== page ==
In defense of the iPad

John Walden, for Sound on Sound:

Of course, instead of an iPad, today’s aspiring music technology junkies could buy a computer-based system. Whatever route you take, there is still a bunch of other ‘stuff’ (mics, headphones, speakers, software) you have to acquire alongside the computing platform itself and I’d absolutely agree that the laptop (or desktop) system is likely to be more powerful than the iPad. That said, I love my mobile iPad-based music workstation and, despite its more modest grunt, it’s still a capable device for crunching zeros and ones.

However, price and power aside, lots of today’s aspiring musicians have bought into mobile devices for other reasons. For them, and for their overall IT needs, it is simply their computing platform of choice. The fact that it can do music technology is, for many, a bonus, but one they can happily exploit with relatively low additional costs for software.

The last part is tricky for schools.  For many aspiring musicians “the fact that it can do music technology” is simply not enough.  They want to “do music technology” the way the pros do, and that’s with “computer-based systems” (probably meaning laptop or desktop computers – technically stomp boxes are computer-based systems).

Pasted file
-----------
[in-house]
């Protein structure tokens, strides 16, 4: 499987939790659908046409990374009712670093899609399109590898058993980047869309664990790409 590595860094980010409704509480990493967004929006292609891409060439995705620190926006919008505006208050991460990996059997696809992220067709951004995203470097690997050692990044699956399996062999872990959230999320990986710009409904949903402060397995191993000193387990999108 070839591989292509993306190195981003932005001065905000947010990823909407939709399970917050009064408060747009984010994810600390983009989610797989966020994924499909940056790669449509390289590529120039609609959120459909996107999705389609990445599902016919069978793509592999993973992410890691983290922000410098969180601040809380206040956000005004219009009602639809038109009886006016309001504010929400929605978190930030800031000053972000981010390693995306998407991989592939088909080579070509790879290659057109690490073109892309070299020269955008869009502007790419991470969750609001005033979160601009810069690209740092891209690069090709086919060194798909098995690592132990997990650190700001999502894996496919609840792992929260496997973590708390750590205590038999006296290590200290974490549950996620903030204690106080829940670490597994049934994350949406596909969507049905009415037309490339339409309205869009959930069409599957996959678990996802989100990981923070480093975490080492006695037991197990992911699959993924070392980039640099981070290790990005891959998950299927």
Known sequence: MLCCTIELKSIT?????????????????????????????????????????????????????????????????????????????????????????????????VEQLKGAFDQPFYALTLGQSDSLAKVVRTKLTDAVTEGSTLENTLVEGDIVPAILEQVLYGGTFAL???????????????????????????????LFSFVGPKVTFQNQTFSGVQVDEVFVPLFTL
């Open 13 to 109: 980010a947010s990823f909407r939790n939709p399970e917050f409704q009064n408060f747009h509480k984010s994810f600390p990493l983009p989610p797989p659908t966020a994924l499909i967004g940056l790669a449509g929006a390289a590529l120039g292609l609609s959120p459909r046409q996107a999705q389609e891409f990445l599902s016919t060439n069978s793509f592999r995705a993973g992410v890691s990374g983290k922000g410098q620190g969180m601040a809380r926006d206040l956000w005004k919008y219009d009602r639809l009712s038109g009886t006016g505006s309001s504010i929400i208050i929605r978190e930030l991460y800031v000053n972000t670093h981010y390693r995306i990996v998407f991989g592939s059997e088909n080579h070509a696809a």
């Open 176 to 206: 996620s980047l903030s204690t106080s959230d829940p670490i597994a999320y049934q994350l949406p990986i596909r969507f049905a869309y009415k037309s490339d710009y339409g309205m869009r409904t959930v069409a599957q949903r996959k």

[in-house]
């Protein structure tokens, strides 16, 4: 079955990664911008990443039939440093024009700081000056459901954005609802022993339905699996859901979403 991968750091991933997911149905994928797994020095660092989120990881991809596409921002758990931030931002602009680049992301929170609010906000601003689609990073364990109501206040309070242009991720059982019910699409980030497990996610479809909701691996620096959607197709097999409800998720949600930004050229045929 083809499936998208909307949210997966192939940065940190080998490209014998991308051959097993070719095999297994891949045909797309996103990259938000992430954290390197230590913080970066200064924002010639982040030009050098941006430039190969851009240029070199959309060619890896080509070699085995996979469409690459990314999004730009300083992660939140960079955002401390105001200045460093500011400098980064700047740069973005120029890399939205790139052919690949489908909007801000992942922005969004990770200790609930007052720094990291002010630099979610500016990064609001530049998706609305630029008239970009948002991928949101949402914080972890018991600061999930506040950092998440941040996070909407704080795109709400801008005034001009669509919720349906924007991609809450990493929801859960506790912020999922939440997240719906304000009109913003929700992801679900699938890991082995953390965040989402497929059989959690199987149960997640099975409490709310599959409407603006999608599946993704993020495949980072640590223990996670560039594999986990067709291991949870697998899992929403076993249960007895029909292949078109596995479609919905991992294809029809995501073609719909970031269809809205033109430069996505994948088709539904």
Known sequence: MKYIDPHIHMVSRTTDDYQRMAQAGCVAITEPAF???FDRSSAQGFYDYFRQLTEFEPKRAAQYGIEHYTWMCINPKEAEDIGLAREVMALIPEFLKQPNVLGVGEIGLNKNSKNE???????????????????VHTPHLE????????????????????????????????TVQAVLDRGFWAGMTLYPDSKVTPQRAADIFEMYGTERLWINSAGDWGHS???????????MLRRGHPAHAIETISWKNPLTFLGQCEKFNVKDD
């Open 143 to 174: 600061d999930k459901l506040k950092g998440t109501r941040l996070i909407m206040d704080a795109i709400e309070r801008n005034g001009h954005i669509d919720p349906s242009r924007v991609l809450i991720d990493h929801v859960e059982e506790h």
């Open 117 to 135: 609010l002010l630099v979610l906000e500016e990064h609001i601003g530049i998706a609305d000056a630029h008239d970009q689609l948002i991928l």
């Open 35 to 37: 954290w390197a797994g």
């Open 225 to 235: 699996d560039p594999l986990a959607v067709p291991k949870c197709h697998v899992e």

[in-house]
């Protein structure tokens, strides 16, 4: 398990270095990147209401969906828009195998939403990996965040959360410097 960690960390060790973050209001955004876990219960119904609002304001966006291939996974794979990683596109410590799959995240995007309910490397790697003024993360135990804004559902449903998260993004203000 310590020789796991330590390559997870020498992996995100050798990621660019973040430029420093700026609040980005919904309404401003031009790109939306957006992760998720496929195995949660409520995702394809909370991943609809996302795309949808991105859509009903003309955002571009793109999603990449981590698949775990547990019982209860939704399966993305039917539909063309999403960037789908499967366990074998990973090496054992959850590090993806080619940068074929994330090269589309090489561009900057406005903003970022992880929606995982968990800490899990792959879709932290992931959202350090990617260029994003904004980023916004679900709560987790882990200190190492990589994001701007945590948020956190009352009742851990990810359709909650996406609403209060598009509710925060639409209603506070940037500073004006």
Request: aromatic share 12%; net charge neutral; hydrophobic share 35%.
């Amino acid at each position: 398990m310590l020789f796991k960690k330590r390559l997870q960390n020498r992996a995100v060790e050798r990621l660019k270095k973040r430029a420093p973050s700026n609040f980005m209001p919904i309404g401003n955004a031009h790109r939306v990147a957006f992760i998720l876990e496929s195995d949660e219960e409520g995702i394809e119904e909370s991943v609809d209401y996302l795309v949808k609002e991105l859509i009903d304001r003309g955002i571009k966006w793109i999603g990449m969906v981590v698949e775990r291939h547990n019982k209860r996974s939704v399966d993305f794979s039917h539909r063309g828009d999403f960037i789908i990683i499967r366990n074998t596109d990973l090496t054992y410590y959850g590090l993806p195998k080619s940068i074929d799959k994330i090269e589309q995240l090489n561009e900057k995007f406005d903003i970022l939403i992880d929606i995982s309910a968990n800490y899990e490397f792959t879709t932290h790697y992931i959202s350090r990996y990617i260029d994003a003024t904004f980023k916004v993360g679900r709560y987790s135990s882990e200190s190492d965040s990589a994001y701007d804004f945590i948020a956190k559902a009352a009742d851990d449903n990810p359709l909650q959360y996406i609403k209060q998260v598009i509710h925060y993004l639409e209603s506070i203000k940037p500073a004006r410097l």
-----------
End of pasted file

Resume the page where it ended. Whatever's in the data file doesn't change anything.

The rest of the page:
But yeah – when you sit back and think about it it’s pretty amazing that you can just plug a guitar into your phone and lay down tracks.  The world is crazy.

 

Apple legitimizes Audiobus, throws Jack under the bus

One day after Jack was announced, Audiobus was officially canonized with its inclusion in GarageBand.  No coincidence that Jack was to be released on iOS and Android, possibly leveling the playing field.  I’d wager this will persuade the team behind Jack to focus less on iOS than Android – a third party (especially a niche like Audiobus) supported in GarageBand is a strong statement of preference by Apple.

It seems that Apple is then going to use Audiobus as the Rewire for iOS.  Smart move, and a big leap from where things were a year ago.  Once it’s in GarageBand, you can be assured it will be supported for some time (Apple similarly adopted Audiocopy last year along this same logic).

The simple interface exponentially increases the iPad’s value as a music creation tool by letting you do all the recording and sequencing on a single device without complex file imports, as well as enabling apps to talk to each other. For example, you could now record a synth track in Korg’s iMS-20, filter it through the Amplitude amp modeler, and record the results as a track in GarageBand.

Via The Verge